But the scenes enacted on the banks of the river were the most painful. The population seemed to have gone mad. Big strong men raving and being held down by their friends or relatives. “Women shrieking and screaming, as only a Kashmiri woman can, wringing their hands and gesticulating wildly at the fire; crowds upon crowds of men, women and children surging to and fro, one huge helpless affrighted mass, on the landing-steps all down the river; while others seemed so paralyzed with the great ruin that had so suddenly overtaken them, that they had relapsed into a sort of comatose state of apathetic indifference.
The whole scene was not lacking in grandeur, although, like everything else, it had its grotesque side as well as its tragic. For instance, I saw one man, whose house was blazing over his head, calmly sitting at his open window pouring water on to some burning wood beneath him out of a teacup.
But the grandeur of the whole scene was enhanced by the breaking of a terrific thunderstorm over the devoted city, just at the same time as Colonel Neville Chamberlain brought up his big guns, and put them into position, to bombard a certain part of the city, with a view to making a clean breach between the burning houses and those as yet untouched, thus preventing the fire from spreading, otherwise the whole city must have been burnt to the ground. The storm now turned to a deluge of rain, yet it seemed to have no effect upon the fire, except to raise great columns of black smoke which were blown hither and thither, the sport of the gale. I shall never forget the lurid look of the flames in the daylight, against that leaden sky, and the bursting of the thunder-claps, the glare of the forked lightning, the roar of Heaven’s artillery contrasting with the puny noise of Chamberlain’s terrestrial guns, as they belched forth their shot at the houses doomed to destruction, and in the intervals the shrill shrieks and cries of a half-maddened population.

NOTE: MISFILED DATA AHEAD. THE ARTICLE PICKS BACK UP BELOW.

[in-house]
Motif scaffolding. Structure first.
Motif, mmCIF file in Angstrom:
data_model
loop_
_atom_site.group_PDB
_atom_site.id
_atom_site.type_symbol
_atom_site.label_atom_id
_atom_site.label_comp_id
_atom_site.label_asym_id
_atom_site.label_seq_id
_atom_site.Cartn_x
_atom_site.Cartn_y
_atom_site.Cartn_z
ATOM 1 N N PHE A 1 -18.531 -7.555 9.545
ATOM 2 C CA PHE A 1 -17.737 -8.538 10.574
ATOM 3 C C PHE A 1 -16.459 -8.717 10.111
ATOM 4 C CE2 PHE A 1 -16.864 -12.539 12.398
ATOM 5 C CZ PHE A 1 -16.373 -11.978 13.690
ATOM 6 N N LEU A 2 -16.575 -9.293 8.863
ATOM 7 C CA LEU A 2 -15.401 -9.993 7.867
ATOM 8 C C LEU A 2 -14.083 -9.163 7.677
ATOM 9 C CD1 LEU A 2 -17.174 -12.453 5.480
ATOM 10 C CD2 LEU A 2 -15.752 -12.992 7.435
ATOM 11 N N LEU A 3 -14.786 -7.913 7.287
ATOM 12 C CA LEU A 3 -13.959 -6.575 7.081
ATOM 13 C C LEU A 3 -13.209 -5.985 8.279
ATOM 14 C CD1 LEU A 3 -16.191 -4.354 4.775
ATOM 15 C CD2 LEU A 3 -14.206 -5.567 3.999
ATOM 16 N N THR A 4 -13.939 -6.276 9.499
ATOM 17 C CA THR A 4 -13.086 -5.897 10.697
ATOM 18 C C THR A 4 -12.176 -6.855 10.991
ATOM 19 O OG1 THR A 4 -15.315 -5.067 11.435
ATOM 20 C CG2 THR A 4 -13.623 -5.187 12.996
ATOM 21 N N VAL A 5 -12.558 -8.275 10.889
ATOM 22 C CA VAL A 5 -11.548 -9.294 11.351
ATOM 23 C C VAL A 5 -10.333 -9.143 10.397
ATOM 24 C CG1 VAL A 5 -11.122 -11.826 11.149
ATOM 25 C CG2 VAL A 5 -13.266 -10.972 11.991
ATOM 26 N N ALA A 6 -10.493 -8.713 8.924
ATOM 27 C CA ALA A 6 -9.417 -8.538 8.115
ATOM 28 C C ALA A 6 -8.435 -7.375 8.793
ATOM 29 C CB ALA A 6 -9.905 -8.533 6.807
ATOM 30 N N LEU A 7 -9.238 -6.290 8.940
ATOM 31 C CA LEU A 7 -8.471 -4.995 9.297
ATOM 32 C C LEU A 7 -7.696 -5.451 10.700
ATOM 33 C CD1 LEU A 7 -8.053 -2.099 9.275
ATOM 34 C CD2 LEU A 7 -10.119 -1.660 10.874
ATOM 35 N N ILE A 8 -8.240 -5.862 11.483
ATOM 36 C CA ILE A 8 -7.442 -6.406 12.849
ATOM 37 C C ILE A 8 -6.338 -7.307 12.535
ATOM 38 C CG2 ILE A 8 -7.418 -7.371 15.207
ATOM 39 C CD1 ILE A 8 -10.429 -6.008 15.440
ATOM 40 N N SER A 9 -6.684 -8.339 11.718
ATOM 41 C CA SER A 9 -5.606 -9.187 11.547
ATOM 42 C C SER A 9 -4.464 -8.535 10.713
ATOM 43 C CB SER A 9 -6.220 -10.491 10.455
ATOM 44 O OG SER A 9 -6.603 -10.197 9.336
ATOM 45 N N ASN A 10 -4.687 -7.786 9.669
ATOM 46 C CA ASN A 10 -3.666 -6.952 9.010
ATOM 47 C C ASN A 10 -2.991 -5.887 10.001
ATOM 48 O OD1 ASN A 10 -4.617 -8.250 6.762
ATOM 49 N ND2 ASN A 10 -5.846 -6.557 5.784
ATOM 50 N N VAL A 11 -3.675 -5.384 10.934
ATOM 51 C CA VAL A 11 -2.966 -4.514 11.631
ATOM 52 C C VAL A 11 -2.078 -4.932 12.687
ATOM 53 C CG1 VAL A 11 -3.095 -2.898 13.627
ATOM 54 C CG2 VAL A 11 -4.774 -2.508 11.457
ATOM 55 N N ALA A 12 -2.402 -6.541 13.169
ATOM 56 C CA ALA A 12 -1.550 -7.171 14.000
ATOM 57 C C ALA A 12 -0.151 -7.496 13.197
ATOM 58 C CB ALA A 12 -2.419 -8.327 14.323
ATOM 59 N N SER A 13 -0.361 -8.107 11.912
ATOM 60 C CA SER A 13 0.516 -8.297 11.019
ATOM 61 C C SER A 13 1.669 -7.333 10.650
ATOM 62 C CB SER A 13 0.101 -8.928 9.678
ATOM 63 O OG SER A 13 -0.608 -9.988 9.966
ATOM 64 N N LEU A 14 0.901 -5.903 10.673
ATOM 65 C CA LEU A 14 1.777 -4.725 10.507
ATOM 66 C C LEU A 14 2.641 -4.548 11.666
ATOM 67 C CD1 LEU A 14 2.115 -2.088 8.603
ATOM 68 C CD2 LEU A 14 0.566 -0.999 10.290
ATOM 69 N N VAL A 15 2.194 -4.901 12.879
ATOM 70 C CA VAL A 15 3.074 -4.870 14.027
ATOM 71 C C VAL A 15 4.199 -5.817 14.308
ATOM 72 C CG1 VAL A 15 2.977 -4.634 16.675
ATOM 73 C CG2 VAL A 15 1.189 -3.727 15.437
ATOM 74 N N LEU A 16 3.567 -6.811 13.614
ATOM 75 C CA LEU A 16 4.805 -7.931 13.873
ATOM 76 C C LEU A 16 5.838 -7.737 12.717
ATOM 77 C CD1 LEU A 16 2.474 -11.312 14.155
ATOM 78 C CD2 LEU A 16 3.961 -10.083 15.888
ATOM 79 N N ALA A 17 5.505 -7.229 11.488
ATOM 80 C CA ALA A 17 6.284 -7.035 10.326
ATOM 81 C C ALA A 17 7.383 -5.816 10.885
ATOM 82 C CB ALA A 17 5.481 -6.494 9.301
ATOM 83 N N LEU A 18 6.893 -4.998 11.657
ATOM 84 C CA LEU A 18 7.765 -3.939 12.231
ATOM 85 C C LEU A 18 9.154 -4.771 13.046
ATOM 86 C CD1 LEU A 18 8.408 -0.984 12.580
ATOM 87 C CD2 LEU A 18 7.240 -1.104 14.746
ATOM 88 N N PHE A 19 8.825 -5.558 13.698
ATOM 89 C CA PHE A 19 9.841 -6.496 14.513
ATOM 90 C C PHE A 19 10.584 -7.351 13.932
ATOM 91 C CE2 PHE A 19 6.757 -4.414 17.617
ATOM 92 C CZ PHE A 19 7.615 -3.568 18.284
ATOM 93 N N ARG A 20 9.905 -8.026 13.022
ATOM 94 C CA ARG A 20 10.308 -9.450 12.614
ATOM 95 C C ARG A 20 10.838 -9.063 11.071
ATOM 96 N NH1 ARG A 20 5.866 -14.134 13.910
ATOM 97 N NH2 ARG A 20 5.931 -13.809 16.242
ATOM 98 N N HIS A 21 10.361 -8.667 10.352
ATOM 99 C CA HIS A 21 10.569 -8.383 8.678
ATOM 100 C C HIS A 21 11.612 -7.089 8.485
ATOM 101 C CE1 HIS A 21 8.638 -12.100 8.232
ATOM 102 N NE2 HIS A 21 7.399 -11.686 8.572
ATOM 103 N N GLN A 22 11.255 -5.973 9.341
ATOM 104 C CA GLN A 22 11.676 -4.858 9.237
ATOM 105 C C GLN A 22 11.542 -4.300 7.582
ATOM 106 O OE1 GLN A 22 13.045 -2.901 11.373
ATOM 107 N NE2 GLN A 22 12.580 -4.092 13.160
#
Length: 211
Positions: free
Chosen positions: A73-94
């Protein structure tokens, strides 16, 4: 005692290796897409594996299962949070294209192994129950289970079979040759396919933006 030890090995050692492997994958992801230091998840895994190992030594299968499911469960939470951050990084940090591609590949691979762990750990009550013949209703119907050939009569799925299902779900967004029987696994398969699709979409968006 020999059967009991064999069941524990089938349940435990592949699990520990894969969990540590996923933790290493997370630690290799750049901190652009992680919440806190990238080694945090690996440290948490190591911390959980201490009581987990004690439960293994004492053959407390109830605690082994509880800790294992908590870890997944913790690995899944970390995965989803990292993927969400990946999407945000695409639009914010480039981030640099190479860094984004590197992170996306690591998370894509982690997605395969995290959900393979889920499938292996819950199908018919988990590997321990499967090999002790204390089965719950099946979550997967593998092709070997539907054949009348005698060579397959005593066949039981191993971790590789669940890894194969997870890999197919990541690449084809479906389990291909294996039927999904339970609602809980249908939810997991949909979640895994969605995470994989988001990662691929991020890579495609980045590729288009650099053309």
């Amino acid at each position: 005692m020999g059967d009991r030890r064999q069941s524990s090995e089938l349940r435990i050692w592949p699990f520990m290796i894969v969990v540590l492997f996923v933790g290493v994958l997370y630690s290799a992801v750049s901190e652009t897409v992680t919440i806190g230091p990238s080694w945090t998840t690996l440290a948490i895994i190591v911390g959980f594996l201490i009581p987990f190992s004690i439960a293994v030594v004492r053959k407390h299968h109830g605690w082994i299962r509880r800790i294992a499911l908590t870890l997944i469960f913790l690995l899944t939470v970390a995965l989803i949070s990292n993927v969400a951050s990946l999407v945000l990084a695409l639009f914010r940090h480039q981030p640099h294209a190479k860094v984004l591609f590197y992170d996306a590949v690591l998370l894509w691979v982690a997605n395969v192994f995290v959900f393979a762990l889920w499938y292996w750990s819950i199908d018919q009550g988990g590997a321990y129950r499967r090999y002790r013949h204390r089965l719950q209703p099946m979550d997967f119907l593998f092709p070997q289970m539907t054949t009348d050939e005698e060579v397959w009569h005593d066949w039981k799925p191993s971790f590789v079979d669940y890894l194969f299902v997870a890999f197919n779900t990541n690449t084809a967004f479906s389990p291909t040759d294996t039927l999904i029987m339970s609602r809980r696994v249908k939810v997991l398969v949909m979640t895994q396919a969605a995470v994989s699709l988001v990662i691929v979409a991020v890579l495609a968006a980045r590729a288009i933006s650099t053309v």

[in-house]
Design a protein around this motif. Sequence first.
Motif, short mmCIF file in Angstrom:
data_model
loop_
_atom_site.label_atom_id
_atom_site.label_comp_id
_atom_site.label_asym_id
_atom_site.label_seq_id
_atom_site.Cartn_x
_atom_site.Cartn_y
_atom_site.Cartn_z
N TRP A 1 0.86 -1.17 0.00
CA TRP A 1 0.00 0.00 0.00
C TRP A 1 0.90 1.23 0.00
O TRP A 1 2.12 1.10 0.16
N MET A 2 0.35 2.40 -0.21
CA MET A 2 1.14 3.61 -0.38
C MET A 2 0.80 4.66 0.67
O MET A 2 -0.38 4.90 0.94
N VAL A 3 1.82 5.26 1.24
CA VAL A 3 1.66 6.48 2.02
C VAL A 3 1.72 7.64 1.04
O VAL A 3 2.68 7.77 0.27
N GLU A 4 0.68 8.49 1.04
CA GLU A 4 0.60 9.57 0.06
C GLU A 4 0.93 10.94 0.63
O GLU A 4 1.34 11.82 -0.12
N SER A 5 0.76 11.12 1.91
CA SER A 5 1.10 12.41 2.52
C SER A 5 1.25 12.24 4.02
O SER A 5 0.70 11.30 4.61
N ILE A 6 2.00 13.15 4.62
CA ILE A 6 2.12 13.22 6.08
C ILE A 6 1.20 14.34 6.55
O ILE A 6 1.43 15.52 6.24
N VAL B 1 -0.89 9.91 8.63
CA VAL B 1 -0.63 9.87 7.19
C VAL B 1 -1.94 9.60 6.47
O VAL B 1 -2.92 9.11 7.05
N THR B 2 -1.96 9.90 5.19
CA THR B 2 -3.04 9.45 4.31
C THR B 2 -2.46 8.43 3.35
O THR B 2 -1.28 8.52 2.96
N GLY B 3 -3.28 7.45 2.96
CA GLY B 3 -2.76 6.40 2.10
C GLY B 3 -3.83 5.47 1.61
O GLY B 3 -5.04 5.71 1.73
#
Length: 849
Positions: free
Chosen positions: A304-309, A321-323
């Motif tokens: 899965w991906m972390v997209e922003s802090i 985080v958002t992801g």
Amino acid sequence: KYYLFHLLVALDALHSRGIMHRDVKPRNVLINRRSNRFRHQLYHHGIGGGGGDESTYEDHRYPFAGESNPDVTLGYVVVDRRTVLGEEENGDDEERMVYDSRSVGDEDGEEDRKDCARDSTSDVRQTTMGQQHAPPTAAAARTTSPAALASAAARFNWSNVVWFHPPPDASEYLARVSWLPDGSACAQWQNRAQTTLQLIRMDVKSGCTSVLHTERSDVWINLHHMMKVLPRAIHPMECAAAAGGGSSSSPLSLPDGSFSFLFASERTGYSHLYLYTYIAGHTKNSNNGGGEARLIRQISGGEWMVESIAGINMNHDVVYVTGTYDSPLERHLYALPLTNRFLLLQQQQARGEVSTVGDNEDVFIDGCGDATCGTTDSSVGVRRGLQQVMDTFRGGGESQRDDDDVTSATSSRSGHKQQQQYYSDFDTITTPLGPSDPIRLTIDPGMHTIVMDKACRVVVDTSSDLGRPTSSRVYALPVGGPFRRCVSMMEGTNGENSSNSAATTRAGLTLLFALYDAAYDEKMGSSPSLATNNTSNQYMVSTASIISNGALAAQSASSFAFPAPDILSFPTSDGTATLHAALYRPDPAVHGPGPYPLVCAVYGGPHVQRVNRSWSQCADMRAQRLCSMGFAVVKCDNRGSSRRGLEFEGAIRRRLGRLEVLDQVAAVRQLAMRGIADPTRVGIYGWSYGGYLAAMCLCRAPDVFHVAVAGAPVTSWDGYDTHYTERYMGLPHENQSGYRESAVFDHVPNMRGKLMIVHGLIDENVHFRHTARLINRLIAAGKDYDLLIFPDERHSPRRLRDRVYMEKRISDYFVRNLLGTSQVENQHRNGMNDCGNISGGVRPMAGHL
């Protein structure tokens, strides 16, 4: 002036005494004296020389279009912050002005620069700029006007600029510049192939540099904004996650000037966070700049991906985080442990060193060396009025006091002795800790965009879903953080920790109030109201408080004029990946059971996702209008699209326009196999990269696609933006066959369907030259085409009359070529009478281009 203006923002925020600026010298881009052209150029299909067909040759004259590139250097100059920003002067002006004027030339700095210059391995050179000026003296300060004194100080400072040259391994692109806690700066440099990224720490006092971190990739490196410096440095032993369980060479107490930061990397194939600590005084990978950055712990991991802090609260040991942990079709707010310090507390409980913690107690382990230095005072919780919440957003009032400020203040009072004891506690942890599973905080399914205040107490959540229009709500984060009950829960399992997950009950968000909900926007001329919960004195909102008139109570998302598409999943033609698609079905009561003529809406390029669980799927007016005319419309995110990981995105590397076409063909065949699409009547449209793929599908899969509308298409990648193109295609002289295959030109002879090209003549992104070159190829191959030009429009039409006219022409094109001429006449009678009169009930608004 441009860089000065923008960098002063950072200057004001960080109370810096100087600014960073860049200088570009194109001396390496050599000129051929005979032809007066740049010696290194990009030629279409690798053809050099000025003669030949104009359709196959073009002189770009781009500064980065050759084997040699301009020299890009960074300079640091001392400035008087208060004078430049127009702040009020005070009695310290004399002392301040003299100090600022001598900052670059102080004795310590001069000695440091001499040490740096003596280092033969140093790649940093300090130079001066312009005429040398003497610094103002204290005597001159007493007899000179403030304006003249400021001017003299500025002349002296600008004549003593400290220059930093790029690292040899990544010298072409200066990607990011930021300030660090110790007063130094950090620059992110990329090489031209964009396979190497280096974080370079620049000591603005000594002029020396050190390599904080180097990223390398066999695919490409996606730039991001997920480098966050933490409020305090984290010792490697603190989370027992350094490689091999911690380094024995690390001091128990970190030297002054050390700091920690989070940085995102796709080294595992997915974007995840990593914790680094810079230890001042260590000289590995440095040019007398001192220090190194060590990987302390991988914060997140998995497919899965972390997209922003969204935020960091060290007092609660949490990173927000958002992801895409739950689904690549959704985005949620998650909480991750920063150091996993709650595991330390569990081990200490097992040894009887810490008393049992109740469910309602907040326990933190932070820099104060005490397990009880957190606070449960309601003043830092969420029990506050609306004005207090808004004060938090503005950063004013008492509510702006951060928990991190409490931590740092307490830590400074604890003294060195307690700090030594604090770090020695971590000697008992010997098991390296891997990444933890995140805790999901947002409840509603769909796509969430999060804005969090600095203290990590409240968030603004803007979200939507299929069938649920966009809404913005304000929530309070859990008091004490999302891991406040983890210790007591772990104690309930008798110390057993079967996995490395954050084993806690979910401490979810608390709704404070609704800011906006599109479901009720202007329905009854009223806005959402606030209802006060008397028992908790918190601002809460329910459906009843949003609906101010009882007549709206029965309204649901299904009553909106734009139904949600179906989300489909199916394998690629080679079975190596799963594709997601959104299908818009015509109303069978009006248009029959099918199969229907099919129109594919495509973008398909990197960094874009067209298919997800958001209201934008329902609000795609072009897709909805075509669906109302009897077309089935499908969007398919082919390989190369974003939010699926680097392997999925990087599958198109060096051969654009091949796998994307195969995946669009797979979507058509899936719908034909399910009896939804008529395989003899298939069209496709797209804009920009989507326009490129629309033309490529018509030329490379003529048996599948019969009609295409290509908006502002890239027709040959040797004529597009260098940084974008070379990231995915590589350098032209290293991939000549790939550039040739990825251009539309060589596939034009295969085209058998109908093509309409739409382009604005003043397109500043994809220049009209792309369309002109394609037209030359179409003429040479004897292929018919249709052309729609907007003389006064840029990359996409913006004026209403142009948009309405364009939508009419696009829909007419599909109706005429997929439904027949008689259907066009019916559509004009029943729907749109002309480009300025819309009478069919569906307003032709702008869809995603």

However, everything must have an end, and by nightfall, the fire was to all intents and purposes kept under control so that all fear for the safety of the rest of the city was at an end. But it was no thanks to the people of the city that the fire was stopped. The natives did absolutely nothing. The fire was arrested, kept under, and eventually extinguished by Europeans, and mostly by Englishmen.
May 9th.—The damage done by the fire is computed at twenty lakhs of rupees, and 5000 houses, mosques and temples have been destroyed.
(The diary entries were excerpted from Lord Dunmore’s book The Pamirs – Being A Narrative of a year’s Expedition on Horseback and on foot Through Kashmir, Western Tibet, Chinese Tartary, and Russian Central Asia. The book was published a year later after the Lord’s return from a long journey that many think was for spying.)